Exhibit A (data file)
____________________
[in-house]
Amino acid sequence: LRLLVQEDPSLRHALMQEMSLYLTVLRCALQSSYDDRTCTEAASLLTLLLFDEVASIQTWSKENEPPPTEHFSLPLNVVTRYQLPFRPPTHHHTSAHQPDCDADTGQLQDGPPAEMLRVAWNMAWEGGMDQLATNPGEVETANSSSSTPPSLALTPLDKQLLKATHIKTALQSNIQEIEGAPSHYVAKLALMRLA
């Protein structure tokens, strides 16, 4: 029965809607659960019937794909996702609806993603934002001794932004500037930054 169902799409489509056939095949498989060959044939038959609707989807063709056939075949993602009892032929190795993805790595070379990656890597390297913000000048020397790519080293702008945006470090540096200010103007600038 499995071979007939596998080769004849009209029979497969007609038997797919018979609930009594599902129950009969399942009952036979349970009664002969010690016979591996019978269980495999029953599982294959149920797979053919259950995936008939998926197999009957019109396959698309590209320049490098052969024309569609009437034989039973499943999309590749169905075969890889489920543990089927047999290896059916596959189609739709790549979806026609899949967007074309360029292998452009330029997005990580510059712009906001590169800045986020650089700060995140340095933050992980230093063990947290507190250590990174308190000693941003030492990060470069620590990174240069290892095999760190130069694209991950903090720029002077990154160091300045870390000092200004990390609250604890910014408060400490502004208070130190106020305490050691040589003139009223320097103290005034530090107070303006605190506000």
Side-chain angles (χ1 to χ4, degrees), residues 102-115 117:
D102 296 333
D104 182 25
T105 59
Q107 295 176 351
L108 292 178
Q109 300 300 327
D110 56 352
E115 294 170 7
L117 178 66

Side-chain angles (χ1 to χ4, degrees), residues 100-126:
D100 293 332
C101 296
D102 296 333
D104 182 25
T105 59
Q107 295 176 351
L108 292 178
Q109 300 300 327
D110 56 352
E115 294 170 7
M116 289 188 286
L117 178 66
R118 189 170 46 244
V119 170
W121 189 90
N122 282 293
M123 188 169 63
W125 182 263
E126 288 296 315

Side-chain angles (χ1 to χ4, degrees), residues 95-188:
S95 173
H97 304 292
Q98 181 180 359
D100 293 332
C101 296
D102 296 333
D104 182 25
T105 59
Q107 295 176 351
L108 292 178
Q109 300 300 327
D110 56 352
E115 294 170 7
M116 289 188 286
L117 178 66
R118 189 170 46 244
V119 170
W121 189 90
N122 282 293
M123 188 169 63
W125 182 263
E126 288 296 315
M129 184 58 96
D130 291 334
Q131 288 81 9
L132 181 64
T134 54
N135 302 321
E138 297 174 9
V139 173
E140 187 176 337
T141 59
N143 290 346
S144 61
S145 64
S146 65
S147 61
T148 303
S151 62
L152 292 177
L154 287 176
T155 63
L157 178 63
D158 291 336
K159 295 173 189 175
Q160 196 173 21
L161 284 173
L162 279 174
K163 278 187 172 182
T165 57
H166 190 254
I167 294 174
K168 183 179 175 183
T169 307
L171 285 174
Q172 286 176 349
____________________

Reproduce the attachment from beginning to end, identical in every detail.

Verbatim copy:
[in-house]
Amino acid sequence: LRLLVQEDPSLRHALMQEMSLYLTVLRCALQSSYDDRTCTEAASLLTLLLFDEVASIQTWSKENEPPPTEHFSLPLNVVTRYQLPFRPPTHHHTSAHQPDCDADTGQLQDGPPAEMLRVAWNMAWEGGMDQLATNPGEVETANSSSSTPPSLALTPLDKQLLKATHIKTALQSNIQEIEGAPSHYVAKLALMRLA
């Protein structure tokens, strides 16, 4: 029965809607659960019937794909996702609806993603934002001794932004500037930054 169902799409489509056939095949498989060959044939038959609707989807063709056939075949993602009892032929190795993805790595070379990656890597390297913000000048020397790519080293702008945006470090540096200010103007600038 499995071979007939596998080769004849009209029979497969007609038997797919018979609930009594599902129950009969399942009952036979349970009664002969010690016979591996019978269980495999029953599982294959149920797979053919259950995936008939998926197999009957019109396959698309590209320049490098052969024309569609009437034989039973499943999309590749169905075969890889489920543990089927047999290896059916596959189609739709790549979806026609899949967007074309360029292998452009330029997005990580510059712009906001590169800045986020650089700060995140340095933050992980230093063990947290507190250590990174308190000693941003030492990060470069620590990174240069290892095999760190130069694209991950903090720029002077990154160091300045870390000092200004990390609250604890910014408060400490502004208070130190106020305490050691040589003139009223320097103290005034530090107070303006605190506000």
Side-chain angles (χ1 to χ4, degrees), residues 102-115 117:
D102 296 333
D104 182 25
T105 59
Q107 295 176 351
L108 292 178
Q109 300 300 327
D110 56 352
E115 294 170 7
L117 178 66

Side-chain angles (χ1 to χ4, degrees), residues 100-126:
D100 293 332
C101 296
D102 296 333
D104 182 25
T105 59
Q107 295 176 351
L108 292 178
Q109 300 300 327
D110 56 352
E115 294 170 7
M116 289 188 286
L117 178 66
R118 189 170 46 244
V119 170
W121 189 90
N122 282 293
M123 188 169 63
W125 182 263
E126 288 296 315

Side-chain angles (χ1 to χ4, degrees), residues 95-188:
S95 173
H97 304 292
Q98 181 180 359
D100 293 332
C101 296
D102 296 333
D104 182 25
T105 59
Q107 295 176 351
L108 292 178
Q109 300 300 327
D110 56 352
E115 294 170 7
M116 289 188 286
L117 178 66
R118 189 170 46 244
V119 170
W121 189 90
N122 282 293
M123 188 169 63
W125 182 263
E126 288 296 315
M129 184 58 96
D130 291 334
Q131 288 81 9
L132 181 64
T134 54
N135 302 321
E138 297 174 9
V139 173
E140 187 176 337
T141 59
N143 290 346
S144 61
S145 64
S146 65
S147 61
T148 303
S151 62
L152 292 177
L154 287 176
T155 63
L157 178 63
D158 291 336
K159 295 173 189 175
Q160 196 173 21
L161 284 173
L162 279 174
K163 278 187 172 182
T165 57
H166 190 254
I167 294 174
K168 183 179 175 183
T169 307
L171 285 174
Q172 286 176 349